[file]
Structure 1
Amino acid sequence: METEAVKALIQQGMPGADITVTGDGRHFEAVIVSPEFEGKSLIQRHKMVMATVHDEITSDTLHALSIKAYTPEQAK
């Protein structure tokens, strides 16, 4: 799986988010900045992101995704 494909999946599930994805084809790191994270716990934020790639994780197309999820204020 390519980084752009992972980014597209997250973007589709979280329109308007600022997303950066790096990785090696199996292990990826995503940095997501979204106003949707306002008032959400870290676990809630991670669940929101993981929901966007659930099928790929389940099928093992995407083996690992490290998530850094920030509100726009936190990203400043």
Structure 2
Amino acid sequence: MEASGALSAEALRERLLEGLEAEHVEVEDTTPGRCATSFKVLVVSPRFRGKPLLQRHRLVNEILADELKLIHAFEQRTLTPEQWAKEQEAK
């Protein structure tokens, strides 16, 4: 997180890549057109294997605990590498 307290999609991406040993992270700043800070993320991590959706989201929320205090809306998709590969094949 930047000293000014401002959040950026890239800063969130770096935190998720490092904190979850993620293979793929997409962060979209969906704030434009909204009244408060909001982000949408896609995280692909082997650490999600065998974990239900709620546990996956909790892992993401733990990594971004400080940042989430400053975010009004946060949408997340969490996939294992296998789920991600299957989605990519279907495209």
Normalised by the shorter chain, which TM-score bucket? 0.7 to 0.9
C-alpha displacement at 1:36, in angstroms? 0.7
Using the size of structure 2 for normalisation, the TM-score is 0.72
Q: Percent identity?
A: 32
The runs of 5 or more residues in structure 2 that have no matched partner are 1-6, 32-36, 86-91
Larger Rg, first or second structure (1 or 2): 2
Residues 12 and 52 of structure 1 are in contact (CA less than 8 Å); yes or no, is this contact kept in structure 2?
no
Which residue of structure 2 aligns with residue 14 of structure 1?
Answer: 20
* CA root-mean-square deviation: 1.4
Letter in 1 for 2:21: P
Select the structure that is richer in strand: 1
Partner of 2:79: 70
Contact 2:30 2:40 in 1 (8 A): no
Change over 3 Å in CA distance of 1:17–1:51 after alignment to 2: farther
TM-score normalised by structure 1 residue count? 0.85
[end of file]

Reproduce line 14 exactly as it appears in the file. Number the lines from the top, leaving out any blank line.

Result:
Residues 12 and 52 of structure 1 are in contact (CA less than 8 Å); yes or no, is this contact kept in structure 2?